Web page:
Fixing our Image

Smith is smart enough to download any libraries needed by the binaries selected for the image as long as they are not opened via dlopen at runtime. Unfortunately, apache does dlopen some libraries, including libuuid.so.1 as seen in the error message above. Sometimes you can find libraries that might be opened by running strings on the binary, but the best method I have found is to try to run the binary and see what fails. Usually the error message will tell you exactly what file is needed.

In this case, we need to add /lib/x86_64-linux-gnu/libuuid.so.1 to our image. This is easily done by appending that filename to paths in our yaml file. After rebuilding and re-pushing the image, remember to use a new tag or use docker pull <user>/<repo> to force it to get the updated version before docker run. If you run the new image, you will see a similar error message complaining about librt.so.1. To save you some time, here is a new yaml with the full list of dynamically loaded libraries which you will need:

cat << EOF > smith.yaml
type: oci
package: httpd.tar.gz
paths:
- /usr/local/apache2/
- /lib/x86_64-linux-gnu/libuuid.so.1
- /lib/x86_64-linux-gnu/librt.so.1
- /lib/x86_64-linux-gnu/libdl.so.2
- /lib/x86_64-linux-gnu/libexpat.so.1
- /lib/x86_64-linux-gnu/libgcc_s.so.1
- /lib/x86_64-linux-gnu/libcrypt.so.1
cmd:
- /usr/local/apache2/bin/httpd
- -DFOREGROUND
EOF

After another build/upload/pull we can run it again:

docker run -it --rm vishvananda/smith-httpd:second
# …
# AH00543: httpd: bad user name daemon

To understand what is going wrong here, we need to digress a bit. In most installations apache httpd will run as root. It generally needs to run as root so that it can bind a port below 1024. Of course, it is a security risk to have your web server running as root, so it then drops privileges to a user/group that is specified in the config file.

In an ideal world we would remove the User and Group commands from the httpd config file and run the binary as an unprivileged user. This can be done, but it requires us to work around the lack of binding low ports in one of the following ways:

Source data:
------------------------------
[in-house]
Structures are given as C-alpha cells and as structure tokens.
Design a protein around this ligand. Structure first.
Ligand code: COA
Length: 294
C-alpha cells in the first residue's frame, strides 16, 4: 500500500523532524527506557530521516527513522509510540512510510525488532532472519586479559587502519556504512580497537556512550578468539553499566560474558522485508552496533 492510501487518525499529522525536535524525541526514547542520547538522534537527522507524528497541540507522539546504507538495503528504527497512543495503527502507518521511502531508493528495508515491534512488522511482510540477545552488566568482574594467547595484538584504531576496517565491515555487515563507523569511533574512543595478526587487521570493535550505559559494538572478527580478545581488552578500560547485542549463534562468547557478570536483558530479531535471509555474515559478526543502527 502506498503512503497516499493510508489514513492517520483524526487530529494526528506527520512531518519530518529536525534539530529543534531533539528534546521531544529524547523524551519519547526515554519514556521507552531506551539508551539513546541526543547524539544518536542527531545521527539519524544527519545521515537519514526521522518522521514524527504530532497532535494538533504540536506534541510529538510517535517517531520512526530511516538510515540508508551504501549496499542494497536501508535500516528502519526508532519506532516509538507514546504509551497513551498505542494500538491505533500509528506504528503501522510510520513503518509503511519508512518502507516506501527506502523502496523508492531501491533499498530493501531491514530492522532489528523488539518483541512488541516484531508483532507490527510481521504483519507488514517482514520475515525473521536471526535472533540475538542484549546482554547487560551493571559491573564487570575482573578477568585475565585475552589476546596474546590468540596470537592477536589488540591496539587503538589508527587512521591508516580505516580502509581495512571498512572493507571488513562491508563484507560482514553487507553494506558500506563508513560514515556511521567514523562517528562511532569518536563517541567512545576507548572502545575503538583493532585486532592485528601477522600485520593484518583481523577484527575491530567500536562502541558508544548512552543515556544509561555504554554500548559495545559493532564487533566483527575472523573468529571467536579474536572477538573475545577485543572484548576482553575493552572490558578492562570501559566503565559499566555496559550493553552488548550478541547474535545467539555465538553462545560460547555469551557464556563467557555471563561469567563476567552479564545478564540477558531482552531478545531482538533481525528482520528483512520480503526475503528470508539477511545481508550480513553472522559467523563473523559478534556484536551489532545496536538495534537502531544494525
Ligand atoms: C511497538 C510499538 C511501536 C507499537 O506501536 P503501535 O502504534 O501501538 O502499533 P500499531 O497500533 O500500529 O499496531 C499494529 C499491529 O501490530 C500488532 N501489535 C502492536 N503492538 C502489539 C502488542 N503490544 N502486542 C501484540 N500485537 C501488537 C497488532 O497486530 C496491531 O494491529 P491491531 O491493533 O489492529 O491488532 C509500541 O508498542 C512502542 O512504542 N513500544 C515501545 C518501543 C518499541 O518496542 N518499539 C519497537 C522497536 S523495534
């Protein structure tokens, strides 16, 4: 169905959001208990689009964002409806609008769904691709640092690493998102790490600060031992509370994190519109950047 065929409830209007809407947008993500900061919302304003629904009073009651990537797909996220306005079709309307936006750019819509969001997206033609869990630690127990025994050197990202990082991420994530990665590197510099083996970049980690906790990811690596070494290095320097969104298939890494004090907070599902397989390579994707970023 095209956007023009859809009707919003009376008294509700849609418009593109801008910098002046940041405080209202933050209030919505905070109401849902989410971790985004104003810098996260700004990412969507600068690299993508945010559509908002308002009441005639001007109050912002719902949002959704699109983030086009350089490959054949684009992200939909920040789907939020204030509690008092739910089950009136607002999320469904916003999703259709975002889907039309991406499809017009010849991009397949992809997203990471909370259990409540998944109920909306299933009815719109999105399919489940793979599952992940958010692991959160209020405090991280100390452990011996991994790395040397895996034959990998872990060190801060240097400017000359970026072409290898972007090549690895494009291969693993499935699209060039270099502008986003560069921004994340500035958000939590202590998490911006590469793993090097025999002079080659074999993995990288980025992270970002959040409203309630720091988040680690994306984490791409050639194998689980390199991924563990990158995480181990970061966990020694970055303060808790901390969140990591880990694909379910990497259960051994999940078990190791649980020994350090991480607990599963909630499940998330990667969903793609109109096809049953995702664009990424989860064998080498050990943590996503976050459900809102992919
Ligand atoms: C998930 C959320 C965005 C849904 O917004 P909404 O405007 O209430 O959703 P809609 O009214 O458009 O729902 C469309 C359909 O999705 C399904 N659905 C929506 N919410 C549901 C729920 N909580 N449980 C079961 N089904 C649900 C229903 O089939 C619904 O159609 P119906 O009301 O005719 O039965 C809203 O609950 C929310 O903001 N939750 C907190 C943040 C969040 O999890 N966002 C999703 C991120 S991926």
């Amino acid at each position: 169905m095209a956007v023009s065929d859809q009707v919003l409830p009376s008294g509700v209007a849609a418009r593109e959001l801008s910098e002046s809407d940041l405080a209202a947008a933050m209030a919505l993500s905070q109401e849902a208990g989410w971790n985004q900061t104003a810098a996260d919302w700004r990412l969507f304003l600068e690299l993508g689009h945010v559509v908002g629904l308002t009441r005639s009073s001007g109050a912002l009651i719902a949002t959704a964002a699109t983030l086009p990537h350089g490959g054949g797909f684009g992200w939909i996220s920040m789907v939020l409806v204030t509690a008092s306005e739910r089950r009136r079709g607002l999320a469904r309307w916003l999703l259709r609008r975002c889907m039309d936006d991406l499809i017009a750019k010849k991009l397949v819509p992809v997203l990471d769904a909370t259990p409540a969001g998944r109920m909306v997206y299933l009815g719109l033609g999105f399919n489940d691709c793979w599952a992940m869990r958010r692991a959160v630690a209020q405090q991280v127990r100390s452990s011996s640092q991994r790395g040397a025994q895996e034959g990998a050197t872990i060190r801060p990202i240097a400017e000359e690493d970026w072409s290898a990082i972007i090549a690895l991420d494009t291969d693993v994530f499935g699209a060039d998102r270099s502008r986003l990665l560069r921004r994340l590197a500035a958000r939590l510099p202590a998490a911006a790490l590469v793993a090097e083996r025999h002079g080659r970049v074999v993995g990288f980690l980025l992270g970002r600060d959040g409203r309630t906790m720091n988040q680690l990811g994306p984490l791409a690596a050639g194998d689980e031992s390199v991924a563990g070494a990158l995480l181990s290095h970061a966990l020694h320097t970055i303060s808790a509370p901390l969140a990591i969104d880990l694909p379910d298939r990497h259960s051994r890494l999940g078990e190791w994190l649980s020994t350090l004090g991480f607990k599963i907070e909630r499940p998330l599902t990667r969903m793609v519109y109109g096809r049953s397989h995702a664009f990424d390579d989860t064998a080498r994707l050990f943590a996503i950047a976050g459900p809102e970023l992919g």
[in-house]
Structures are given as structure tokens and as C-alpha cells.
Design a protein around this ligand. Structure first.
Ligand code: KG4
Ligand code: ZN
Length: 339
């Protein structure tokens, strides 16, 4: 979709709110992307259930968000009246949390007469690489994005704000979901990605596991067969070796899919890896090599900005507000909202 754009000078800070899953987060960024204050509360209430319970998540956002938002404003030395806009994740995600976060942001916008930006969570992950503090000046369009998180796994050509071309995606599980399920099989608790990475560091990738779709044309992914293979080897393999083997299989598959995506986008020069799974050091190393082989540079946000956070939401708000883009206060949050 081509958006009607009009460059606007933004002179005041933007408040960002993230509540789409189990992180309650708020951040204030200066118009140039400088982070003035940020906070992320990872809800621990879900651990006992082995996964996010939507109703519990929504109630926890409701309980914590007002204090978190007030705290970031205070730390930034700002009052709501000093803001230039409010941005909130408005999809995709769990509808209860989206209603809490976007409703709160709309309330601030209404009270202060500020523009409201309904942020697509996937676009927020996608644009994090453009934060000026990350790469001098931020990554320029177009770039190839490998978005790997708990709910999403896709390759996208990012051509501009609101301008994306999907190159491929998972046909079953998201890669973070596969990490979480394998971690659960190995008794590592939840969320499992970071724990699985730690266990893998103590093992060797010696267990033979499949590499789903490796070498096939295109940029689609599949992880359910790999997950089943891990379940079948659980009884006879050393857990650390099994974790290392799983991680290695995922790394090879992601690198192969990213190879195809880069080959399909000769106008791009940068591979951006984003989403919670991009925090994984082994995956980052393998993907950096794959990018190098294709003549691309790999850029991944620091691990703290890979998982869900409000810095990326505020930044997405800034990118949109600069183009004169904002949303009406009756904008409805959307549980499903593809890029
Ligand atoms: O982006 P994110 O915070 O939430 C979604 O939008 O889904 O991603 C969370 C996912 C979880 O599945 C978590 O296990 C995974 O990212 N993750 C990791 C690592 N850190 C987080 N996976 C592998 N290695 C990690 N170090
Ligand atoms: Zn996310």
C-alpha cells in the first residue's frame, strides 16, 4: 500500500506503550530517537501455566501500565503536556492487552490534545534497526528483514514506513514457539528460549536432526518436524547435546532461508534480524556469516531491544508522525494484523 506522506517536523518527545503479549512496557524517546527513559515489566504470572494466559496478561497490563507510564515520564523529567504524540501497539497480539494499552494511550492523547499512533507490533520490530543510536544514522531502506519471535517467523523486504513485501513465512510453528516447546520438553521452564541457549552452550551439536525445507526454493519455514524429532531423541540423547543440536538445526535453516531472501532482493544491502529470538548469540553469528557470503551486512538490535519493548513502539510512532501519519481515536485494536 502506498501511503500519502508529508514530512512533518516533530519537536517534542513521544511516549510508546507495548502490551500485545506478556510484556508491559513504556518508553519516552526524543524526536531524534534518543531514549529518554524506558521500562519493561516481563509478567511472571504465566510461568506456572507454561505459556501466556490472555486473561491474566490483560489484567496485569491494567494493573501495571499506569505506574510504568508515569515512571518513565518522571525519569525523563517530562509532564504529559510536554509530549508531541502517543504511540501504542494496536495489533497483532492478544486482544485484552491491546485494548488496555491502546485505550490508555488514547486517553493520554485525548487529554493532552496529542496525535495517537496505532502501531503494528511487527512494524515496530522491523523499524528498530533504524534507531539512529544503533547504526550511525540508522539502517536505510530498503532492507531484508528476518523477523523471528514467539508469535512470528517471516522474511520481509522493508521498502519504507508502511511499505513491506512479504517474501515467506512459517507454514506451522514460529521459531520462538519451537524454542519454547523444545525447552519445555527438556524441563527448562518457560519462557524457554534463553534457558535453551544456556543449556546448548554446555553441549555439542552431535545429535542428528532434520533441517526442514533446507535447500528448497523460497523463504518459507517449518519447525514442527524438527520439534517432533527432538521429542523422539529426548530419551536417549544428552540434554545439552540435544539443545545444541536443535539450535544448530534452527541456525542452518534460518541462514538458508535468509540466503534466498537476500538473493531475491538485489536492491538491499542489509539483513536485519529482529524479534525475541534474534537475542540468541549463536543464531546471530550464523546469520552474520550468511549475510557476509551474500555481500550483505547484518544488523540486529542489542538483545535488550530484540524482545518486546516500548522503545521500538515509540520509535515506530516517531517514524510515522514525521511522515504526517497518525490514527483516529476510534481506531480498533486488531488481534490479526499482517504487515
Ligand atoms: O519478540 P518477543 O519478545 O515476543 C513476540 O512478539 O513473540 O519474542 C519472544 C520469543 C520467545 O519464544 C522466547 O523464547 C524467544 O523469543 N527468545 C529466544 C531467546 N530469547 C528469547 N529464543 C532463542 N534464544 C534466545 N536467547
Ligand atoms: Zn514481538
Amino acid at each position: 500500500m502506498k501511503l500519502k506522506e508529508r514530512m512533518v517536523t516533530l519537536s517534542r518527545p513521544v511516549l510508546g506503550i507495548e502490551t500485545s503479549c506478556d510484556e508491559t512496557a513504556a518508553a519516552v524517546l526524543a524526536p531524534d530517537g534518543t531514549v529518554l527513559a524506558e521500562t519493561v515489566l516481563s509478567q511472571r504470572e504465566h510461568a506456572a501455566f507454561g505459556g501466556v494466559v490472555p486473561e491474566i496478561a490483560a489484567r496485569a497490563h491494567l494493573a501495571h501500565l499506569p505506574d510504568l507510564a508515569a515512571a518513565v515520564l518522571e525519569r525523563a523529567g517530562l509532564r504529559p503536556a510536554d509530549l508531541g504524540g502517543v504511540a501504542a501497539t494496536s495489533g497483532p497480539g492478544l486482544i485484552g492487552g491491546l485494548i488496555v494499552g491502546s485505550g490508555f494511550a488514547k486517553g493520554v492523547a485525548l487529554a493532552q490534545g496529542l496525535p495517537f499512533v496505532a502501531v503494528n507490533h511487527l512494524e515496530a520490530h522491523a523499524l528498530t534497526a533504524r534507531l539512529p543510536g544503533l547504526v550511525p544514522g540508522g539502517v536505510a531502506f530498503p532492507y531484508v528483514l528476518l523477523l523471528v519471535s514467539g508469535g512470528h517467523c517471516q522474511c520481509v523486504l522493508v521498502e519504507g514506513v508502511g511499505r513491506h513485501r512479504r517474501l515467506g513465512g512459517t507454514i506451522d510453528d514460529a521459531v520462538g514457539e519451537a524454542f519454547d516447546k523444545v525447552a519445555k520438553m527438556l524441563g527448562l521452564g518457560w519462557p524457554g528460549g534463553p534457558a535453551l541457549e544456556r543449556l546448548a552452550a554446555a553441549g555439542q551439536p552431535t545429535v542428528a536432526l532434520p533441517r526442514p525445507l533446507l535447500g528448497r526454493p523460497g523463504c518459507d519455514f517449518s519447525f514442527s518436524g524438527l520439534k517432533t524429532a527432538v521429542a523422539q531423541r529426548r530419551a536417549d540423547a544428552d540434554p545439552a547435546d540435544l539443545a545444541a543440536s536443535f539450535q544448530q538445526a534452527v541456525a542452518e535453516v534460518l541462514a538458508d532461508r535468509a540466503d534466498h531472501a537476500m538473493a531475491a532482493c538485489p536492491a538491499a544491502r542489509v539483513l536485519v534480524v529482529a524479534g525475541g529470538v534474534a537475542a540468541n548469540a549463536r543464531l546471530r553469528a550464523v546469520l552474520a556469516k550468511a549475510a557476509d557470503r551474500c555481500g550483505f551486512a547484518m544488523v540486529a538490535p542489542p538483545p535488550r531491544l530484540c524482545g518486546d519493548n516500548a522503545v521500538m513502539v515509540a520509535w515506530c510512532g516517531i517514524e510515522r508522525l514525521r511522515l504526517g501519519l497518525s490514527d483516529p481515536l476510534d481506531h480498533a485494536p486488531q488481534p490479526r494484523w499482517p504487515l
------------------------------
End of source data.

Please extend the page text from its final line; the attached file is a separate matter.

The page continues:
1. Change the config to make httpd listen on an unprivileged port
  2. pass --sysctl net.ipv4.ip_unprivileged_port_start=0 to docker run (Requires kernel >= 4.11)
  3. pass --cap-add NET_BIND_SERVICE to docker run and also set the proper capability bit on the httpd binary (There was briefly support for ambient capabilities in docker which would obviate the need for setting the capability bit, but it was reverted and has not yet made it back in to docker).

These options aren’t ideal for everyone, so the creators of the httpd image use the tried-and-true method of starting as root and dropping to another user. In general we do not want microcontainers to run as root, but smith supports it for cases like this. In order to enable the feature we are going to want to set two booleans in our yaml: root and nss. root sets up the image to run as root, and nss installs the required linux bits to make username and group lookups work in the container. Let’s make a new yaml with these settings:

cat << EOF > smith.yaml
type: oci
package: httpd.tar.gz
nss: true
root: true
paths:
- /usr/local/apache2/
- /lib/x86_64-linux-gnu/libuuid.so.1
- /lib/x86_64-linux-gnu/librt.so.1
- /lib/x86_64-linux-gnu/libdl.so.2
- /lib/x86_64-linux-gnu/libexpat.so.1
- /lib/x86_64-linux-gnu/libgcc_s.so.1
- /lib/x86_64-linux-gnu/libcrypt.so.1
cmd:
- /usr/local/apache2/bin/httpd
- -DFOREGROUND
EOF

We also want apache to drop to the user that owns the files in the image in order to avoid any permissions issues. The default user:group for all files in microcontainers built with smith is smith:smith. We are going to have to modify the httpd config to use these names. Additionally, by convention, we put config files for microcontainer processes in /read, so let’s create an overlay that does that:

# make an overlay read directory
mkdir -p rootfs/read
# copy the config file out of the image
cp /tmp/smith-unpack-$(id -u)/usr/local/apache2/conf/httpd.conf \
rootfs/read/
# replace the file in our image with symlink to our file
mkdir -p rootfs/usr/local/apache2/conf/
ln -s /read/httpd.conf rootfs/usr/local/apache2/conf/httpd.conf

Now we can replace the User and Group with the desired settings:

sed -i -e ‘s/User daemon/User smith/’ \
-e ‘s/Group daemon/Group smith/’ rootfs/read/httpd.conf